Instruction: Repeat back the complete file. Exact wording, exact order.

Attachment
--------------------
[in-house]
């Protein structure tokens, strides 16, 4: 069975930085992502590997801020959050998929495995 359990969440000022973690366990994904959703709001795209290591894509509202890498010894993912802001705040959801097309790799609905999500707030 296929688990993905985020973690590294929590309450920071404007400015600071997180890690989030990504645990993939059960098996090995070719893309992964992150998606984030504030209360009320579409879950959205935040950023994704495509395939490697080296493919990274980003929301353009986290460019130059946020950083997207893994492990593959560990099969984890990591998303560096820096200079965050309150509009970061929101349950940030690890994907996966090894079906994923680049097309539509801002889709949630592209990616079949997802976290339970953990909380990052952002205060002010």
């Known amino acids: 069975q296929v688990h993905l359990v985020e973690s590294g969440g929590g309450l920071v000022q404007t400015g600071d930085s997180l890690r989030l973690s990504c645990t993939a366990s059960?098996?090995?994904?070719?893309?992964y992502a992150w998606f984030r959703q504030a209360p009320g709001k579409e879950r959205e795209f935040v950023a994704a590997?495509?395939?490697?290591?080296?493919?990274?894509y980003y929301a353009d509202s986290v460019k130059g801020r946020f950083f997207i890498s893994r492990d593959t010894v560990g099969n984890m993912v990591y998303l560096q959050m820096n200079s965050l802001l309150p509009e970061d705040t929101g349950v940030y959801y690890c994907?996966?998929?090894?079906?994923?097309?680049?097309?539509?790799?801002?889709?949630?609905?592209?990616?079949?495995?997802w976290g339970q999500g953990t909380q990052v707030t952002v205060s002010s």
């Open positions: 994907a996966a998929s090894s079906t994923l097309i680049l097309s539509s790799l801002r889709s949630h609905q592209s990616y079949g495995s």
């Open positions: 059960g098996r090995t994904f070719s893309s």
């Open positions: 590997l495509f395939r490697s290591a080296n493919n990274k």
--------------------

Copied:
[in-house]
């Protein structure tokens, strides 16, 4: 069975930085992502590997801020959050998929495995 359990969440000022973690366990994904959703709001795209290591894509509202890498010894993912802001705040959801097309790799609905999500707030 296929688990993905985020973690590294929590309450920071404007400015600071997180890690989030990504645990993939059960098996090995070719893309992964992150998606984030504030209360009320579409879950959205935040950023994704495509395939490697080296493919990274980003929301353009986290460019130059946020950083997207893994492990593959560990099969984890990591998303560096820096200079965050309150509009970061929101349950940030690890994907996966090894079906994923680049097309539509801002889709949630592209990616079949997802976290339970953990909380990052952002205060002010």
């Known amino acids: 069975q296929v688990h993905l359990v985020e973690s590294g969440g929590g309450l920071v000022q404007t400015g600071d930085s997180l890690r989030l973690s990504c645990t993939a366990s059960?098996?090995?994904?070719?893309?992964y992502a992150w998606f984030r959703q504030a209360p009320g709001k579409e879950r959205e795209f935040v950023a994704a590997?495509?395939?490697?290591?080296?493919?990274?894509y980003y929301a353009d509202s986290v460019k130059g801020r946020f950083f997207i890498s893994r492990d593959t010894v560990g099969n984890m993912v990591y998303l560096q959050m820096n200079s965050l802001l309150p509009e970061d705040t929101g349950v940030y959801y690890c994907?996966?998929?090894?079906?994923?097309?680049?097309?539509?790799?801002?889709?949630?609905?592209?990616?079949?495995?997802w976290g339970q999500g953990t909380q990052v707030t952002v205060s002010s």
């Open positions: 994907a996966a998929s090894s079906t994923l097309i680049l097309s539509s790799l801002r889709s949630h609905q592209s990616y079949g495995s």
């Open positions: 059960g098996r090995t994904f070719s893309s």
């Open positions: 590997l495509f395939r490697s290591a080296n493919n990274k």